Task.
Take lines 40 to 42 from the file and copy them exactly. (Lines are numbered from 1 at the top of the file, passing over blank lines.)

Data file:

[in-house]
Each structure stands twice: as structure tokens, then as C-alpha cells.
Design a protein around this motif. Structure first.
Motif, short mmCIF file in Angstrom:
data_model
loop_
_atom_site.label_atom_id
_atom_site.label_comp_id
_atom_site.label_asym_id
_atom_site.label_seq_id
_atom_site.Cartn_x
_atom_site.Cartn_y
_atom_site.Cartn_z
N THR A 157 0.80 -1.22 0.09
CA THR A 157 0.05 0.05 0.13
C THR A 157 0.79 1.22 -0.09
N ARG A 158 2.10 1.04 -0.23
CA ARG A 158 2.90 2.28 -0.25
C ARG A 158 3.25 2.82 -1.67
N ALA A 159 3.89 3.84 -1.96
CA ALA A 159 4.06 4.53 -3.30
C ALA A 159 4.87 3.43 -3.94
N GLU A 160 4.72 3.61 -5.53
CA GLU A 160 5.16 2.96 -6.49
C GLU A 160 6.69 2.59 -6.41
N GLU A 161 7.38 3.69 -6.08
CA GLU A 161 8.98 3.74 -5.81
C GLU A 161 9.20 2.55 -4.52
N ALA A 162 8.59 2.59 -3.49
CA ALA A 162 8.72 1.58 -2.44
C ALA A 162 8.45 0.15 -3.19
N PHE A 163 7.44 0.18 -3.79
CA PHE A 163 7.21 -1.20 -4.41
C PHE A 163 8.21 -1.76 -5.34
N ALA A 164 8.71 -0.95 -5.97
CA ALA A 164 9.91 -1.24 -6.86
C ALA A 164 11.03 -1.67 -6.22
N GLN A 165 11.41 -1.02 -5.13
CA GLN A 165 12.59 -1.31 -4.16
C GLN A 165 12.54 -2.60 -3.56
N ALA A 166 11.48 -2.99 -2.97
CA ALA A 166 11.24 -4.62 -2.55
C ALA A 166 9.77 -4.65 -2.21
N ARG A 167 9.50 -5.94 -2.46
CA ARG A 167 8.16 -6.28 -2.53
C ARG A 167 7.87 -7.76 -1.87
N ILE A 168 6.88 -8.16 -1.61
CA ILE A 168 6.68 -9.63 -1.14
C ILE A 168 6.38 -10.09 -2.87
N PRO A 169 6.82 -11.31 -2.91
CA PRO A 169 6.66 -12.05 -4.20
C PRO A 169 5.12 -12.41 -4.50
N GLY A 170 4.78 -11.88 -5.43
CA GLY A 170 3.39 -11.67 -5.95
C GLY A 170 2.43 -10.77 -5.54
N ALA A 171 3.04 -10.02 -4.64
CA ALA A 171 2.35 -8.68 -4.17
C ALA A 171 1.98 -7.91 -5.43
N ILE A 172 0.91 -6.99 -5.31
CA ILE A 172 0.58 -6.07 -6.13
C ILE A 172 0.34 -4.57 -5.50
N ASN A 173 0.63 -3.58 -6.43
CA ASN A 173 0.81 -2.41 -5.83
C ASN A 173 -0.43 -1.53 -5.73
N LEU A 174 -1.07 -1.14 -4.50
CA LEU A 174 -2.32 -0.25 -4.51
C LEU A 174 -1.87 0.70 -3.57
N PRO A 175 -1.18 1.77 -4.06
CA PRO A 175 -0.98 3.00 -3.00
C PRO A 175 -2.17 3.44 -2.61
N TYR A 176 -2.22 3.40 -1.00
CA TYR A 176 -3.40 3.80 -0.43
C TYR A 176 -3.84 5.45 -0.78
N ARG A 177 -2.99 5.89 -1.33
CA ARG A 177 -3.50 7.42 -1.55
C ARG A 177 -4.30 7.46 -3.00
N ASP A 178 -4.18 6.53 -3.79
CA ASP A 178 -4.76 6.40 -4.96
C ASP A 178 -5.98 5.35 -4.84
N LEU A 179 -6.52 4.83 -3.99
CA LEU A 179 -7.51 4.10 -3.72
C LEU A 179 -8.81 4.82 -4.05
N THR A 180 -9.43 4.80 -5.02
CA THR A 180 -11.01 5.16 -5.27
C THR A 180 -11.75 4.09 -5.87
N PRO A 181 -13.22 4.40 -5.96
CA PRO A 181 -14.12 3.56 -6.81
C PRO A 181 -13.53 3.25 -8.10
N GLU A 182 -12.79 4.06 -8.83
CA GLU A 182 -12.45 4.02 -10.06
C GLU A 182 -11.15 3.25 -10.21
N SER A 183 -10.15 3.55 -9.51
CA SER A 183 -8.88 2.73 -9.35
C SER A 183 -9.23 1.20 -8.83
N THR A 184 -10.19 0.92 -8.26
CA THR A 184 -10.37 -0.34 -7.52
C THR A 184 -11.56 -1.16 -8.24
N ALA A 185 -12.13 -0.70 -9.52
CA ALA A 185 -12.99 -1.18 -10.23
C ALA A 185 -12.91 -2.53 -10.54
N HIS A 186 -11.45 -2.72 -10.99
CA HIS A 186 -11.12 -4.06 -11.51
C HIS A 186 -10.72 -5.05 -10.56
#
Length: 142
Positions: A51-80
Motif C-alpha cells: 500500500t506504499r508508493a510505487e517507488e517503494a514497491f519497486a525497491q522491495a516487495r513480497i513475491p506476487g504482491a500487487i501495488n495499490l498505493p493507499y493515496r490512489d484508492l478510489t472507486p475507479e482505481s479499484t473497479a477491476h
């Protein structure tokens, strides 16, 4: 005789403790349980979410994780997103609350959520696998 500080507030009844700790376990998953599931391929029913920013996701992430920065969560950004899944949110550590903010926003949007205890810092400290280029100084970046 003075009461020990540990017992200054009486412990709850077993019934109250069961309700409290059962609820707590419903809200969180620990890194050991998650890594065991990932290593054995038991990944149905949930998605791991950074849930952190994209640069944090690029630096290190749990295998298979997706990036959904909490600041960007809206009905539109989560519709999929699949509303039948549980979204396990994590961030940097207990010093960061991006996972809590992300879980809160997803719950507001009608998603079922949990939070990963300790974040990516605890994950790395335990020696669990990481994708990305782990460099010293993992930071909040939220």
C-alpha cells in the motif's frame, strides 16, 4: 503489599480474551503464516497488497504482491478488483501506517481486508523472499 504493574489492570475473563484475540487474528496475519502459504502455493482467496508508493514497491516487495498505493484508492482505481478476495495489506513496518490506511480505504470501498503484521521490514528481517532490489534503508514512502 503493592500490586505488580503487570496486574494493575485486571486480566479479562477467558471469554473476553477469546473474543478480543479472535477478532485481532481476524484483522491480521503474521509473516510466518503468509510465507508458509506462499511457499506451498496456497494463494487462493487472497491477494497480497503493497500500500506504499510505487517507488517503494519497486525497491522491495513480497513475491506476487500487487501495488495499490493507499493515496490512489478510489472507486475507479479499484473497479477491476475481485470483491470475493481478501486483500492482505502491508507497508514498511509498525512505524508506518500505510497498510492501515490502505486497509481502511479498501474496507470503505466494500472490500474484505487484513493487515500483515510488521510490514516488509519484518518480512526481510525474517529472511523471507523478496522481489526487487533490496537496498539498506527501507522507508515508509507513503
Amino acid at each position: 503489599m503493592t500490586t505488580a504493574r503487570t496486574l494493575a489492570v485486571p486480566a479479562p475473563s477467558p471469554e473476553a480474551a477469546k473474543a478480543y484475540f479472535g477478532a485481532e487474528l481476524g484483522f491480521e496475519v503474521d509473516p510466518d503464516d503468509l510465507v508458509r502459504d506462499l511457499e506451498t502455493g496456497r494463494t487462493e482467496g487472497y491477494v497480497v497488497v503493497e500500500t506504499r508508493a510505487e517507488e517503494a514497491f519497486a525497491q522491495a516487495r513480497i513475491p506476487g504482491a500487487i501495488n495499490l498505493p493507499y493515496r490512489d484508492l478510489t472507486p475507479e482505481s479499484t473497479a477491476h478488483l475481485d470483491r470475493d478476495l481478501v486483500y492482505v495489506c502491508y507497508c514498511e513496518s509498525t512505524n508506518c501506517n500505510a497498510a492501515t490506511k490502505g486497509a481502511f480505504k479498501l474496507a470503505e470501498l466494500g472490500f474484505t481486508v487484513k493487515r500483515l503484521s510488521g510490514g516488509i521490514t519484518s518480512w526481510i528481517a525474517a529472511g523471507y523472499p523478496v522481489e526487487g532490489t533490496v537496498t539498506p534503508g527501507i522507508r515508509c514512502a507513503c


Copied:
C GLN A 165 12.54 -2.60 -3.56
N ALA A 166 11.48 -2.99 -2.97
CA ALA A 166 11.24 -4.62 -2.55